Why and How Your Business Should Use A Non-Disclosure Agreement


A non-disclosure agreement (NDA) helps to protect your business’s confidential information from being disclosed by a third party. ExecSense examines the most up-to-date information on the key terms to make sure they are indluded (or not included) in your non-disclosure agreements. We also aid in getting the negotiation strategies and understanding how other General Counsel are protecting their company from a legal standpoint by updating their NDAs.

Professional Perspective:

I have worked with a number of businesses and in-house counsel through a variety of deals, and I can tell you that many times very sensitive information is exchanged in the process. Whether the information is customer based, pricing related, or relates to some other key strategic plan for your business, it’s important to ensure this information is protected. Why? Well, I have also watched potential deals fall apart and without a non-disclosure agreement in place that had some ‘teeth’ to its protective provisions; there was always a risk that information could be used to benefit the party that received your business’s information. 


A signed NDA helps your business by establishing the terms for:

  1. What confidential information may be exchanged
  2. The limited circumstances by which the receiving party may use that confidential information
  3. What happens if a party breaches the NDA?
  4. The return or certified destruction of your business’s confidential information

NDAs typically preclude a party receiving any confidential information from any disclosure without the owner’s express written consent. Further, a NDA should provide for not just monetary damages if there is a breach by the receiving party, but should also provide for equitable remedies as well (such as a court injunction to compel the receiving party not to disclose any of your business’s confidential information).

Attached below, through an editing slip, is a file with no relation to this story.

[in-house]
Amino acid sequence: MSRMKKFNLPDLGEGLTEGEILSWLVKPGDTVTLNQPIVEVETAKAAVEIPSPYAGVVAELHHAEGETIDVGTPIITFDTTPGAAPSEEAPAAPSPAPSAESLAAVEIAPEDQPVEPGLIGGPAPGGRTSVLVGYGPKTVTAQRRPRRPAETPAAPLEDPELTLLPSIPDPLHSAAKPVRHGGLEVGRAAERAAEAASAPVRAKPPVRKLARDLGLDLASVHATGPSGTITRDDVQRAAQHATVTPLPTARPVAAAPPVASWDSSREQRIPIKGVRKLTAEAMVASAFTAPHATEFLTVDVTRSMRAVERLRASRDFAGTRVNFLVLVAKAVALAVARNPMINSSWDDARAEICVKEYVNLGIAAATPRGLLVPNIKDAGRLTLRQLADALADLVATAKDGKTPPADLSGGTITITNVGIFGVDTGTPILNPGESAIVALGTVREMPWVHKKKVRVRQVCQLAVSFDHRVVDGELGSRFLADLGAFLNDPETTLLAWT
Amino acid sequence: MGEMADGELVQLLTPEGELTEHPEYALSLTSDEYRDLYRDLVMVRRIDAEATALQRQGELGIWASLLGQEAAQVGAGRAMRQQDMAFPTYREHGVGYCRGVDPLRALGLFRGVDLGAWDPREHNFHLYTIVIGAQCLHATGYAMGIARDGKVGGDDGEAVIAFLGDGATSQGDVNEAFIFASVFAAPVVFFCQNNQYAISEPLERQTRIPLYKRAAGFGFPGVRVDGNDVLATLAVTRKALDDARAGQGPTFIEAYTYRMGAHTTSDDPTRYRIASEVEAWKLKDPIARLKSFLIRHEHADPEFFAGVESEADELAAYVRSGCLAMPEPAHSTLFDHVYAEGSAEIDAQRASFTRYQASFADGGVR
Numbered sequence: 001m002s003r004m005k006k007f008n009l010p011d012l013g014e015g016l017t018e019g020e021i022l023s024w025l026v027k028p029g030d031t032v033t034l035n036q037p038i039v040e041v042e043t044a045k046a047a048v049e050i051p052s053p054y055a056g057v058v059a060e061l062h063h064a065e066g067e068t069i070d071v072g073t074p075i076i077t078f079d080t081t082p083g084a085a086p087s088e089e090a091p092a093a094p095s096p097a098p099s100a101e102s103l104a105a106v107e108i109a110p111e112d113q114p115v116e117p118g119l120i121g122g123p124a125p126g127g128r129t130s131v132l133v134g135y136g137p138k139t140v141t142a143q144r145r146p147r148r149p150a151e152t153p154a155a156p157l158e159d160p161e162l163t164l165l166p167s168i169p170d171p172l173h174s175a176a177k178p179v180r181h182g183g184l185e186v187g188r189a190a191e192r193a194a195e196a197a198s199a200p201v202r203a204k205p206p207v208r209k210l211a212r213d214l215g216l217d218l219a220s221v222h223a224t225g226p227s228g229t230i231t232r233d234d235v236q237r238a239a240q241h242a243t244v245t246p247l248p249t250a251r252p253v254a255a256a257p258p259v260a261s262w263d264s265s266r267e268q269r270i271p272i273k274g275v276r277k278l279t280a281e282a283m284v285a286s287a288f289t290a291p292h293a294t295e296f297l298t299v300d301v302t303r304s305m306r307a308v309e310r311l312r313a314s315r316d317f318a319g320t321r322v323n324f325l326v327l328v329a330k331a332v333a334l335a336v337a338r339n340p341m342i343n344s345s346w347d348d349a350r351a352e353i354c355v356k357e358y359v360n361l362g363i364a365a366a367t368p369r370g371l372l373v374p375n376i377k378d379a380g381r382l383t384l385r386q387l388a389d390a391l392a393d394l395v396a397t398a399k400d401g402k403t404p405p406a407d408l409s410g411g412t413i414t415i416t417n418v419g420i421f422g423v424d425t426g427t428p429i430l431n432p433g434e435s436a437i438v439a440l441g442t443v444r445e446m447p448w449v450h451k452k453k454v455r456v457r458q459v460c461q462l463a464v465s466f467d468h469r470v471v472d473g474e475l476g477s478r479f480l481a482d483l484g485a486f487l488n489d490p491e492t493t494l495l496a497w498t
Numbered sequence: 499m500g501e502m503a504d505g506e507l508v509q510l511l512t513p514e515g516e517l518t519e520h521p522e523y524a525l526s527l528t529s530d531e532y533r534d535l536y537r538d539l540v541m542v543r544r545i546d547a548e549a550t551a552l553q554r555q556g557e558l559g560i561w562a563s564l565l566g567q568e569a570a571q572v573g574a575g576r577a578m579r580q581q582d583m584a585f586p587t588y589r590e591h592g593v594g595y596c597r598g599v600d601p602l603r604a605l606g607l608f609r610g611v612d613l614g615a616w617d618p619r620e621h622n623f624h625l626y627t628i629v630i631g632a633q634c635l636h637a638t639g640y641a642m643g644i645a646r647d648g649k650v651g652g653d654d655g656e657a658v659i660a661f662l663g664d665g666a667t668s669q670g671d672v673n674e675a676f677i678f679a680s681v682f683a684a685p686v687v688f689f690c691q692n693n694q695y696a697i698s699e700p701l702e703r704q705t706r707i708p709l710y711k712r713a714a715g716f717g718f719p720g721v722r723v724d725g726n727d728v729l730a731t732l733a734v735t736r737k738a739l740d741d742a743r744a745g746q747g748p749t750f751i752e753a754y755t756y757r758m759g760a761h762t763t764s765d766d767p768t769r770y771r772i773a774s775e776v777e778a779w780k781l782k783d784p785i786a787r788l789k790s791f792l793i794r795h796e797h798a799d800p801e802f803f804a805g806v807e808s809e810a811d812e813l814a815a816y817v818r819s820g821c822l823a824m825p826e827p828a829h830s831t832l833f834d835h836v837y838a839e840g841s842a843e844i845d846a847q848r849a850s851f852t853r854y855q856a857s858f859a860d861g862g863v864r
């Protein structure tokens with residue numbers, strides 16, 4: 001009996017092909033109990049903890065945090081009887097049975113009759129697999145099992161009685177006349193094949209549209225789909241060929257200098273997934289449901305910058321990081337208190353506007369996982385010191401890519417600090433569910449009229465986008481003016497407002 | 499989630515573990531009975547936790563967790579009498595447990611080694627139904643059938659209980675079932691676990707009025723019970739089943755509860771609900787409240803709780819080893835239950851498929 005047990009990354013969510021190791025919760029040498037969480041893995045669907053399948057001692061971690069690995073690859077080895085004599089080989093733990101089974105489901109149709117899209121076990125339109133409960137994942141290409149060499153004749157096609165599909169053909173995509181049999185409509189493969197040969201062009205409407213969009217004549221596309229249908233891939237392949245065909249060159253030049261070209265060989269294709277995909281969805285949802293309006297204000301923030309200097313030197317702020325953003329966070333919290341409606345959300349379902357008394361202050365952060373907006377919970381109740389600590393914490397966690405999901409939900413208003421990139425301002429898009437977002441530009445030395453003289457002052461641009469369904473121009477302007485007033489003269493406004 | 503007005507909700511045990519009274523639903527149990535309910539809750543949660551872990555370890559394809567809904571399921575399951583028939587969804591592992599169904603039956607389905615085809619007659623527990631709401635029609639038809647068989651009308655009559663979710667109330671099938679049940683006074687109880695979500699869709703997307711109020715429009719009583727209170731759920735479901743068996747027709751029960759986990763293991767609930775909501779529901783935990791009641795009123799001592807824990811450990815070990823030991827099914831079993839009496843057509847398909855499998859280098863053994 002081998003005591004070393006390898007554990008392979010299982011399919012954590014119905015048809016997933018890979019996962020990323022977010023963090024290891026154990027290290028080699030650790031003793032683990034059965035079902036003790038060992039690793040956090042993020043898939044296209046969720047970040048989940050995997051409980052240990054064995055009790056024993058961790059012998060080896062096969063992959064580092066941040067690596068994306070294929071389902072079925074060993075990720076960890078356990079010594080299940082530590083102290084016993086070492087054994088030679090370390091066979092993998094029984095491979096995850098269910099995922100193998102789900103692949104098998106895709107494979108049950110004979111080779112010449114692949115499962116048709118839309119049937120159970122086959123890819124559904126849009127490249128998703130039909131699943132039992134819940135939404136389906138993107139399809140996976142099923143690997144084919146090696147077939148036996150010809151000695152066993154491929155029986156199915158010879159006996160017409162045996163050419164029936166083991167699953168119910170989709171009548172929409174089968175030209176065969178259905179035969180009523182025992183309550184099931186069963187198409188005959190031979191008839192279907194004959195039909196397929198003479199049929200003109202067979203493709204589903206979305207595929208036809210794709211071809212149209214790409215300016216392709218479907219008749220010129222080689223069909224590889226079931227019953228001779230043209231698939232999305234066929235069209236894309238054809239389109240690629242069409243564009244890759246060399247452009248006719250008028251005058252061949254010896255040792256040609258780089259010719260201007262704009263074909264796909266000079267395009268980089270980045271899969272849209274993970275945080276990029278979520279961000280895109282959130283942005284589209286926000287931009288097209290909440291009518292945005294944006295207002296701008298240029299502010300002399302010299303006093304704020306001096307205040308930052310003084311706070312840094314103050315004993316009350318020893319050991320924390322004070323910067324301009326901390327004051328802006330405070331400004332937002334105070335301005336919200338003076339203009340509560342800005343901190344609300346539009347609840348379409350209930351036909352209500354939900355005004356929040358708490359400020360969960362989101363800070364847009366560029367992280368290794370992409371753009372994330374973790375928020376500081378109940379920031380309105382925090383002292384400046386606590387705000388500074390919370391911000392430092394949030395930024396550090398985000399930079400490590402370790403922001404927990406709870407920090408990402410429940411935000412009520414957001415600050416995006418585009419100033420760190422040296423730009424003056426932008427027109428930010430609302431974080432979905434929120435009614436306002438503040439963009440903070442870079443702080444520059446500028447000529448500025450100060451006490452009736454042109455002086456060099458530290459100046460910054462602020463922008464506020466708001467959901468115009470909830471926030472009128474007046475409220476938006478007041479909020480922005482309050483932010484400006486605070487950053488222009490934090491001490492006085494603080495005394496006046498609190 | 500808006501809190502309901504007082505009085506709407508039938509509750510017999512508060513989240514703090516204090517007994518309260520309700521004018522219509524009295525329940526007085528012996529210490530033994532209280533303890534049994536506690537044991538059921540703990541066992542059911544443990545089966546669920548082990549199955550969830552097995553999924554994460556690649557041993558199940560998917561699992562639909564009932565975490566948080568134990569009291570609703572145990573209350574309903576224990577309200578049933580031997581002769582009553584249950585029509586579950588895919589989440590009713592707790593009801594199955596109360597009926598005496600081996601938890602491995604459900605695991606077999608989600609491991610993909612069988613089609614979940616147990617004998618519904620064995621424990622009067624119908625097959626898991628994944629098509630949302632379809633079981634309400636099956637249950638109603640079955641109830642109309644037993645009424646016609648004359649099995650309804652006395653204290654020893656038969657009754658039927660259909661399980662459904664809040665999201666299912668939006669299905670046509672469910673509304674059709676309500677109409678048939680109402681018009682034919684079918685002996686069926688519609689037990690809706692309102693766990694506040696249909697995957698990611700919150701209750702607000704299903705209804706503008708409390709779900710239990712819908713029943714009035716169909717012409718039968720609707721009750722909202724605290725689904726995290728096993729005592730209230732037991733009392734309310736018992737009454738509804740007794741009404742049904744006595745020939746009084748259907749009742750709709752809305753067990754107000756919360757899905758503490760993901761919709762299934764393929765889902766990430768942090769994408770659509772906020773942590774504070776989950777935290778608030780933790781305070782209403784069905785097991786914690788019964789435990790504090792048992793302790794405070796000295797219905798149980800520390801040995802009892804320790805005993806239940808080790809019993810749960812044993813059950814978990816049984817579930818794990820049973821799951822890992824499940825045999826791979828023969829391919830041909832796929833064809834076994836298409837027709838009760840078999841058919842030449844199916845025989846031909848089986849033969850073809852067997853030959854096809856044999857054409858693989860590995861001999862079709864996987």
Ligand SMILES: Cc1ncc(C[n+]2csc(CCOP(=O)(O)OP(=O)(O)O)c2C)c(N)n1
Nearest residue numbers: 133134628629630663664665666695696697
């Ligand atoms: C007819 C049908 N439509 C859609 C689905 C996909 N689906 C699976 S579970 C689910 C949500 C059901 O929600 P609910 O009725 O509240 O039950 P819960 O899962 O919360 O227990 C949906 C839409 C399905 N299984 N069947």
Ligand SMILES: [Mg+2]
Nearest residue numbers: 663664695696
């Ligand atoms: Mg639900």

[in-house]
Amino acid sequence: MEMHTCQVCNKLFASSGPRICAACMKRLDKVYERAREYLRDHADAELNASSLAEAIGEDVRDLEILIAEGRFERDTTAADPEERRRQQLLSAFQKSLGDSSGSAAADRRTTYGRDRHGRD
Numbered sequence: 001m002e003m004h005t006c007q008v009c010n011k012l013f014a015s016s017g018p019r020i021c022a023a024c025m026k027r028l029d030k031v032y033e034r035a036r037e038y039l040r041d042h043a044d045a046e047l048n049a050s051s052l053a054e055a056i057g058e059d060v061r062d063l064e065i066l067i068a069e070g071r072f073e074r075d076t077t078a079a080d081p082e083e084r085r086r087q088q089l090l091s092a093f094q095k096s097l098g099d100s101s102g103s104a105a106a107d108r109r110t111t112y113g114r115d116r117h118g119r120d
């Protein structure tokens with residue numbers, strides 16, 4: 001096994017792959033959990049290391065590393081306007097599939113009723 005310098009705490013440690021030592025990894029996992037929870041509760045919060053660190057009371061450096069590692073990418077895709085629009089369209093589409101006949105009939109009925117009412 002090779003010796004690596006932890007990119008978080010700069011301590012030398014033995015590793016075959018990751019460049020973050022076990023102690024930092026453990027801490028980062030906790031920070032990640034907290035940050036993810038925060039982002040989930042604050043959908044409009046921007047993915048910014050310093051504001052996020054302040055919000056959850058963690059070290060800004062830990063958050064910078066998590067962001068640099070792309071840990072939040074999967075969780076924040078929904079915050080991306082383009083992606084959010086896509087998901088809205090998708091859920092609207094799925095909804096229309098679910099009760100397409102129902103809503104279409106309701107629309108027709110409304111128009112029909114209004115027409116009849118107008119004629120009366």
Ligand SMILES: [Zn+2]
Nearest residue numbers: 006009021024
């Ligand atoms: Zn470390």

Information your attorney needs to prepare the NDA:

As business owner or general counsel, you should have a good understanding of what information is critical to your business and what must be protected in any strategic discussion. That information should form the basis for what you want to protect. If your business is going to ‘fully open the kimono’ then let your attorney know this too as there are ways to broadly describe the confidential information exchanged so that your company’s interests are protected.

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Draft NDA: What do you do next?

Once you have approved your attorney’s draft, the NDA should be sent to the other business for their review/comment. The two sides will work together to reach mutually agreed-upon terms. Once terms are finalized, the next step is to sign the NDA! hopefully, this is the last time you see the agreement because both sides do what they are supposed to do. However, if you have concerns about the other side failing to adequately protect your business’s confidential information, you will have the NDA as the starting point for:

  • Compelling them to perform, and/or
  • Going to court and seeking to have the court assist in protecting your rights under the NDA.

I strongly encourage you to use a written NDA for all of your business’s strategic discussions, including those with prospective customers and sales agents! If you have any questions about NDAsor are wondering what other contracts your business should have in place, give me a call. I am happy to discuss your business’s legal needs.

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About The Author

Rob Turner
Principal, InTown Legal, LLC
Corporate & Commercial Law

Rob Turner

Rob is a business owner’s “secret weapon.” He brings a creative mindset to the clients’ challenges and produces agile solutions under pressure. Rob is a full service commercial attorney and business adviser who thrives in helping his clients solve their business and legal challenges.

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His practice focuses on corporate and commercial law, commercial real estate (including communications infrastructure: cell towers, roof top antenna, DAS, data center and related matters), mergers and acquisitions, and technology licensing and contracts. Rob’s legal skills were honed through a unique blend of prior work in larger regional firms, serving as in-house counsel and, most recently, working with a well-respected Atlanta technology and venture capital law boutique.

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